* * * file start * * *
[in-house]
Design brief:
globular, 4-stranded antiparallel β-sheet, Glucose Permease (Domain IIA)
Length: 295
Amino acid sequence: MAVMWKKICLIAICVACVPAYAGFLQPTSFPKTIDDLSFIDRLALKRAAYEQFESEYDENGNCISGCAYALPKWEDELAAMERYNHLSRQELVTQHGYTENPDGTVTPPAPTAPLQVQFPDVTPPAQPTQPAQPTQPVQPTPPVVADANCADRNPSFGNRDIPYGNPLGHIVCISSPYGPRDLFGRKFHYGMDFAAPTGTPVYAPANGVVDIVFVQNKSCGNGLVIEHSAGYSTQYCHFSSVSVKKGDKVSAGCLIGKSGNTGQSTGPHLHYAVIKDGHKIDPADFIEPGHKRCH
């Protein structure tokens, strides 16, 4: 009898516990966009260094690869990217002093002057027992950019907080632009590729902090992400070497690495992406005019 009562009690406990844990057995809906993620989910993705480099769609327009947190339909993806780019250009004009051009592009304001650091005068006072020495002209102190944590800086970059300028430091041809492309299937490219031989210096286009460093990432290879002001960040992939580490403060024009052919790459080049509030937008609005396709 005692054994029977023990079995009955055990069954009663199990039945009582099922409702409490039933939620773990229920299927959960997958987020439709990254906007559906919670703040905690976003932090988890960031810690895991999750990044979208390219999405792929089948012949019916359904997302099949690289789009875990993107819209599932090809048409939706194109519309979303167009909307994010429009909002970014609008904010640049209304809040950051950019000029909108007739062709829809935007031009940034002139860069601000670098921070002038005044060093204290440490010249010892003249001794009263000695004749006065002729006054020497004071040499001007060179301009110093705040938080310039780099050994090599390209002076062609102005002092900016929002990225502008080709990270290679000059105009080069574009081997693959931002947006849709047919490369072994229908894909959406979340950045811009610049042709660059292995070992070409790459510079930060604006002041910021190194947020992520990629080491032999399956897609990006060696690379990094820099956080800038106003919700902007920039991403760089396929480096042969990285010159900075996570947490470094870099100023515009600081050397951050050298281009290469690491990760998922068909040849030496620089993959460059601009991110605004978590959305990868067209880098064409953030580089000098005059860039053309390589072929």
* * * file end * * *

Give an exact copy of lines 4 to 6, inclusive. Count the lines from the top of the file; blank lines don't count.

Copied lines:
Length: 295
Amino acid sequence: MAVMWKKICLIAICVACVPAYAGFLQPTSFPKTIDDLSFIDRLALKRAAYEQFESEYDENGNCISGCAYALPKWEDELAAMERYNHLSRQELVTQHGYTENPDGTVTPPAPTAPLQVQFPDVTPPAQPTQPAQPTQPVQPTPPVVADANCADRNPSFGNRDIPYGNPLGHIVCISSPYGPRDLFGRKFHYGMDFAAPTGTPVYAPANGVVDIVFVQNKSCGNGLVIEHSAGYSTQYCHFSSVSVKKGDKVSAGCLIGKSGNTGQSTGPHLHYAVIKDGHKIDPADFIEPGHKRCH
């Protein structure tokens, strides 16, 4: 009898516990966009260094690869990217002093002057027992950019907080632009590729902090992400070497690495992406005019 009562009690406990844990057995809906993620989910993705480099769609327009947190339909993806780019250009004009051009592009304001650091005068006072020495002209102190944590800086970059300028430091041809492309299937490219031989210096286009460093990432290879002001960040992939580490403060024009052919790459080049509030937008609005396709 005692054994029977023990079995009955055990069954009663199990039945009582099922409702409490039933939620773990229920299927959960997958987020439709990254906007559906919670703040905690976003932090988890960031810690895991999750990044979208390219999405792929089948012949019916359904997302099949690289789009875990993107819209599932090809048409939706194109519309979303167009909307994010429009909002970014609008904010640049209304809040950051950019000029909108007739062709829809935007031009940034002139860069601000670098921070002038005044060093204290440490010249010892003249001794009263000695004749006065002729006054020497004071040499001007060179301009110093705040938080310039780099050994090599390209002076062609102005002092900016929002990225502008080709990270290679000059105009080069574009081997693959931002947006849709047919490369072994229908894909959406979340950045811009610049042709660059292995070992070409790459510079930060604006002041910021190194947020992520990629080491032999399956897609990006060696690379990094820099956080800038106003919700902007920039991403760089396929480096042969990285010159900075996570947490470094870099100023515009600081050397951050050298281009290469690491990760998922068909040849030496620089993959460059601009991110605004978590959305990868067209880098064409953030580089000098005059860039053309390589072929």